• Sebastian. Please you, sir,
    Do not omit the heavy offer of it:
    It seldom visits sorrow; when it doth,
    It is a comforter. 910
  • Antonio. We two, my lord,
    Will guard your person while you take your rest,
    And watch your safety.
  • Alonso. Thank you. Wondrous heavy.

[ALONSO sleeps. Exit ARIEL]

  • Sebastian. What a strange drowsiness possesses them!
  • Antonio. It is the quality o' the climate.
  • Sebastian. Why
    Doth it not then our eyelids sink? I find not
    Myself disposed to sleep. 920
  • Antonio. Nor I; my spirits are nimble.
    They fell together all, as by consent;
    They dropp'd, as by a thunder-stroke. What might,
    Worthy Sebastian? O, what might?—No more:—
    And yet me thinks I see it in thy face, 925
    What thou shouldst be: the occasion speaks thee, and
    My strong imagination sees a crown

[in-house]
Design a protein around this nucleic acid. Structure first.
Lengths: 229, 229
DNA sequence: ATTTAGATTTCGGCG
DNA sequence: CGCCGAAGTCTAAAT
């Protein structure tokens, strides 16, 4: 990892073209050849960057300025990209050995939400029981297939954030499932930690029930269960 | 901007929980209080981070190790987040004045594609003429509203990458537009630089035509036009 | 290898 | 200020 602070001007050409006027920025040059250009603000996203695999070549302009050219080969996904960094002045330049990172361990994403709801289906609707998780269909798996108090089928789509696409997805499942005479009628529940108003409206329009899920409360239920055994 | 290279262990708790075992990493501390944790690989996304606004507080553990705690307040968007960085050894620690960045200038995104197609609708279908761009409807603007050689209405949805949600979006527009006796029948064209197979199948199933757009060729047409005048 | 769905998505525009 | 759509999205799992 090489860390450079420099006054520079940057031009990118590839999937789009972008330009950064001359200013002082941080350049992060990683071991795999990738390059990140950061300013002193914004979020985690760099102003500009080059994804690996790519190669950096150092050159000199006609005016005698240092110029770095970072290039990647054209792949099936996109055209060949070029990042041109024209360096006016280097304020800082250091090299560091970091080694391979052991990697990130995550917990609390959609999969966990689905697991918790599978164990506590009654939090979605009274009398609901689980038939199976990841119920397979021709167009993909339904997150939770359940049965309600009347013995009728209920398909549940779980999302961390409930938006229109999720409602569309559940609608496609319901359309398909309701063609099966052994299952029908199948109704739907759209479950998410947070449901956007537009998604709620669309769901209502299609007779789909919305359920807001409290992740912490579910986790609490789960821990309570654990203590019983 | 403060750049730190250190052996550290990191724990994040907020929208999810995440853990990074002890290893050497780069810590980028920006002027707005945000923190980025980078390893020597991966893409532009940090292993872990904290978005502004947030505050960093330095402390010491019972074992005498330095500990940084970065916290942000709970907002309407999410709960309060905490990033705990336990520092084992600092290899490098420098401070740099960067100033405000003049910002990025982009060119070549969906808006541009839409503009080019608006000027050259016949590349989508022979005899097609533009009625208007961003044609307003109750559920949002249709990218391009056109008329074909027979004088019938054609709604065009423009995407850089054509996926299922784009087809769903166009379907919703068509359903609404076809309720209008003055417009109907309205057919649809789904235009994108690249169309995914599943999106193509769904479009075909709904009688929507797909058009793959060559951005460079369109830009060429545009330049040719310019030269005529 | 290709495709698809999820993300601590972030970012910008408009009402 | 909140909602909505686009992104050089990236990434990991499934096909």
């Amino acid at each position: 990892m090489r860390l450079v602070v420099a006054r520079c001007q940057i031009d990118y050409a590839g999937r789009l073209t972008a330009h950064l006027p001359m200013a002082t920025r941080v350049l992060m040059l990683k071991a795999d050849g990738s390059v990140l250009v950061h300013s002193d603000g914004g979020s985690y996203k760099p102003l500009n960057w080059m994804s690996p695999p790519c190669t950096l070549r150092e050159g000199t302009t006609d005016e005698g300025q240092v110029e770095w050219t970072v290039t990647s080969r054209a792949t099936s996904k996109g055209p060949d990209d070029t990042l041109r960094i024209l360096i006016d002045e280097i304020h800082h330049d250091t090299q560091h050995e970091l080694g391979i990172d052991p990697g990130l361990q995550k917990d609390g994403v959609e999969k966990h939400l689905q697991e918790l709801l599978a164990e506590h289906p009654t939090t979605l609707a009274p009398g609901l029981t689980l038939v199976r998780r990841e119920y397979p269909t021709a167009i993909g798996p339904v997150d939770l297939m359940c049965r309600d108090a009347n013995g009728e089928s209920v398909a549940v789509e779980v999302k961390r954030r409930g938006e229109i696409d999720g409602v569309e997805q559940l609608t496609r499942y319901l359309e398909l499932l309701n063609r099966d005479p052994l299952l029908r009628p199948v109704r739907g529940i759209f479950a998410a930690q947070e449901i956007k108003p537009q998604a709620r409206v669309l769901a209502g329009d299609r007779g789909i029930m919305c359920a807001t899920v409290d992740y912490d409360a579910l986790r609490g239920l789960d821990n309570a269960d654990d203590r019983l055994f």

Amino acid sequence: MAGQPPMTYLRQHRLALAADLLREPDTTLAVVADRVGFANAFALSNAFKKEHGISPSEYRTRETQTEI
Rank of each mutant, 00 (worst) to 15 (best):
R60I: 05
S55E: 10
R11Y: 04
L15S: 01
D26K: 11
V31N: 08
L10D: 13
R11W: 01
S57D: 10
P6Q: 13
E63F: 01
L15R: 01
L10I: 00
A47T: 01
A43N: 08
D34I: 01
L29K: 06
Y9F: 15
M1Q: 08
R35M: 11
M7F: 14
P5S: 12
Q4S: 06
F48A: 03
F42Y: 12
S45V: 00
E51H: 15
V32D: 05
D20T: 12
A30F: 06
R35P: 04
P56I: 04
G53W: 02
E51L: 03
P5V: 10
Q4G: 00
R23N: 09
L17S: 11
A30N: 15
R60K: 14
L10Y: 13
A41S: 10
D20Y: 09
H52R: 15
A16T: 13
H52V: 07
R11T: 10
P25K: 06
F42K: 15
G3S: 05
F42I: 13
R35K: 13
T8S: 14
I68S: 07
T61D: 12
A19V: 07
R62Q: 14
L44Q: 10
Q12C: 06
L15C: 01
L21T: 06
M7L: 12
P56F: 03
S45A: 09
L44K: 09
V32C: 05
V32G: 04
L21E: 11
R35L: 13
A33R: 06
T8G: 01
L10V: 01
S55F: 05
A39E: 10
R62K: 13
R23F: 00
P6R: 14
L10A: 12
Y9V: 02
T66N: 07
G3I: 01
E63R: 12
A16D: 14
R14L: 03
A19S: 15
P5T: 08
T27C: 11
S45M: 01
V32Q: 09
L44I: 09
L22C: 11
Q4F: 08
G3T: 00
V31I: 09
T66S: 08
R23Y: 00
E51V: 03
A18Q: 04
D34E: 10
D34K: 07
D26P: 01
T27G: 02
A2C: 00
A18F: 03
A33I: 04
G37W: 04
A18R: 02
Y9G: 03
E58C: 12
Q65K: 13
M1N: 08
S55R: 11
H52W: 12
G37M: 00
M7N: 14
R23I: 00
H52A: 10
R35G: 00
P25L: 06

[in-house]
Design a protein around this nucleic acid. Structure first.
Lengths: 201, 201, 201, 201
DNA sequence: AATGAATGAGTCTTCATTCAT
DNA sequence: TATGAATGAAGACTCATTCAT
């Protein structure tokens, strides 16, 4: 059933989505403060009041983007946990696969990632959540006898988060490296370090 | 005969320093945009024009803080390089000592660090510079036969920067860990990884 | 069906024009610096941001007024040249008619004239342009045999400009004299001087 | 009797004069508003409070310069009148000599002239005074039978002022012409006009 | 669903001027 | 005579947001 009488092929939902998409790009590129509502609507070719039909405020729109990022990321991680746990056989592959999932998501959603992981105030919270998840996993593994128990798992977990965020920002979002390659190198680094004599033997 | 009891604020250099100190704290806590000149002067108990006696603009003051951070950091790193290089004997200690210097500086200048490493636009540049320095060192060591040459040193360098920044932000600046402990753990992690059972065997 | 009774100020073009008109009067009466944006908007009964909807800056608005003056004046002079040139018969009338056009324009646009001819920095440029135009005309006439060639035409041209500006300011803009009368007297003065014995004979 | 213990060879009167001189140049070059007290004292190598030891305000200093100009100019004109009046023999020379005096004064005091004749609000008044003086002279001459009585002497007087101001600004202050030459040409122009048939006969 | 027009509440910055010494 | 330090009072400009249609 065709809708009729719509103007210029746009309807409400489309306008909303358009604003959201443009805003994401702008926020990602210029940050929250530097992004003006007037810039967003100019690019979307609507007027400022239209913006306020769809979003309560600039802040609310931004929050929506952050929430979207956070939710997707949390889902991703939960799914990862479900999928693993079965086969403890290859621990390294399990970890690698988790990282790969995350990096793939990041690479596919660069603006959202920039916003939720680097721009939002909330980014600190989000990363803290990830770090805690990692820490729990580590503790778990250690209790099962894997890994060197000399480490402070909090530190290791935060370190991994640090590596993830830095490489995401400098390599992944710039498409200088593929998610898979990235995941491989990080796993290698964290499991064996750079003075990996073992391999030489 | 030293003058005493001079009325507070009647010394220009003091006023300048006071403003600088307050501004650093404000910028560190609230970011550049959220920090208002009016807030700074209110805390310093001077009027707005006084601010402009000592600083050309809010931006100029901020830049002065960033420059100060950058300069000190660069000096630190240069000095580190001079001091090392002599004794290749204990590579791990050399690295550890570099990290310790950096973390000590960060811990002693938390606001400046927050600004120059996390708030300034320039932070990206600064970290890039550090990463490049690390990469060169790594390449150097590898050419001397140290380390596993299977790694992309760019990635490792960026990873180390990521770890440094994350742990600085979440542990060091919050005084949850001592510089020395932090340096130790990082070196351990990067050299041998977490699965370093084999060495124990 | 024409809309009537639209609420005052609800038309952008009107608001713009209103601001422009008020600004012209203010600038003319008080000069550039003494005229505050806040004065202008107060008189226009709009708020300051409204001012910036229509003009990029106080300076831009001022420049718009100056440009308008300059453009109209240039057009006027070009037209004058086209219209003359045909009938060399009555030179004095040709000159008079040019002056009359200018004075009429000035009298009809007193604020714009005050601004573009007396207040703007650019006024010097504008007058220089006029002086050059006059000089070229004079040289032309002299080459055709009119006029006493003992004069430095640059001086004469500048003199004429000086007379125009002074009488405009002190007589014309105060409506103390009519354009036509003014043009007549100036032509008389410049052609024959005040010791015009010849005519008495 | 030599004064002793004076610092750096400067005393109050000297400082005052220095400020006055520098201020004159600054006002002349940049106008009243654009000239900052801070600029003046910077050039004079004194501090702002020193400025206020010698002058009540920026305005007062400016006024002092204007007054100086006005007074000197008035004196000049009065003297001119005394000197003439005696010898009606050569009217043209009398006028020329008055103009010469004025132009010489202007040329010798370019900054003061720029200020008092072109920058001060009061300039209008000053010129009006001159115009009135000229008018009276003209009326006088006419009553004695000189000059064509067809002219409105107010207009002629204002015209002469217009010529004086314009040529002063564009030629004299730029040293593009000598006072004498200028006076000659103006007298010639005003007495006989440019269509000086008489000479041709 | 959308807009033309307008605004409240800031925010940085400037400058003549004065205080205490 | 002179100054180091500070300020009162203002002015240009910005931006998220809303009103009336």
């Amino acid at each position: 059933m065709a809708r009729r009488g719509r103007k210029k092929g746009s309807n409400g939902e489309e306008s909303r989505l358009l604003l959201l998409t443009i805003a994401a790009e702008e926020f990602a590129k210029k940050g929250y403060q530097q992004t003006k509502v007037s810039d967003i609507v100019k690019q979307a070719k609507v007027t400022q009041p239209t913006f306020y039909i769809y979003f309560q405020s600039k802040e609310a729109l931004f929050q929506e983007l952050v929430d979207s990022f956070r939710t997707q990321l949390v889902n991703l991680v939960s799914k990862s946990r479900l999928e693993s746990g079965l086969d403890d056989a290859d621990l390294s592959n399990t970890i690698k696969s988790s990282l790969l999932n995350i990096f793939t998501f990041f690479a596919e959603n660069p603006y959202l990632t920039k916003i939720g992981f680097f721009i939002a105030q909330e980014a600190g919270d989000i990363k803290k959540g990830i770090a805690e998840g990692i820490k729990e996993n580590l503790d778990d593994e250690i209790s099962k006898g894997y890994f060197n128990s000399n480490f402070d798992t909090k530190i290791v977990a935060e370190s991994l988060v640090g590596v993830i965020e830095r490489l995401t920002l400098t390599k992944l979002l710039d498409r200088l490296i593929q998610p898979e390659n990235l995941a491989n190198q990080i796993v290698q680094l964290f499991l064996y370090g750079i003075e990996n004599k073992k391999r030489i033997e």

Dropping upon thy head.
  • Antonio. Do you not hear me speak? 930
  • Sebastian. I do; and surely
    It is a sleepy language and thou speak'st
    Out of thy sleep. What is it thou didst say?
    This is a strange repose, to be asleep
    With eyes wide open; standing, speaking, moving, 935
    And yet so fast asleep.
  • Antonio. Noble Sebastian,
    Thou let'st thy fortune sleep—die, rather; wink'st
    Whiles thou art waking.
  • Sebastian. Thou dost snore distinctly; 940
    There's meaning in thy snores.
  • Antonio. I am more serious than my custom: you
    Must be so too, if heed me; which to do
    Trebles thee o'er.
  • Antonio. I'll teach you how to flow.
  • Sebastian. Do so: to ebb
    Hereditary sloth instructs me.
  • Antonio. O,
    If you but knew how you the purpose cherish 950
    Whiles thus you mock it! how, in stripping it,
    You more invest it! Ebbing men, indeed,
    Most often do so near the bottom run
    By their own fear or sloth.
  • Sebastian. Prithee, say on: 955
    The setting of thine eye and cheek proclaim
    A matter from thee, and a birth indeed
    Which throes thee much to yield.
  • Antonio. Thus, sir: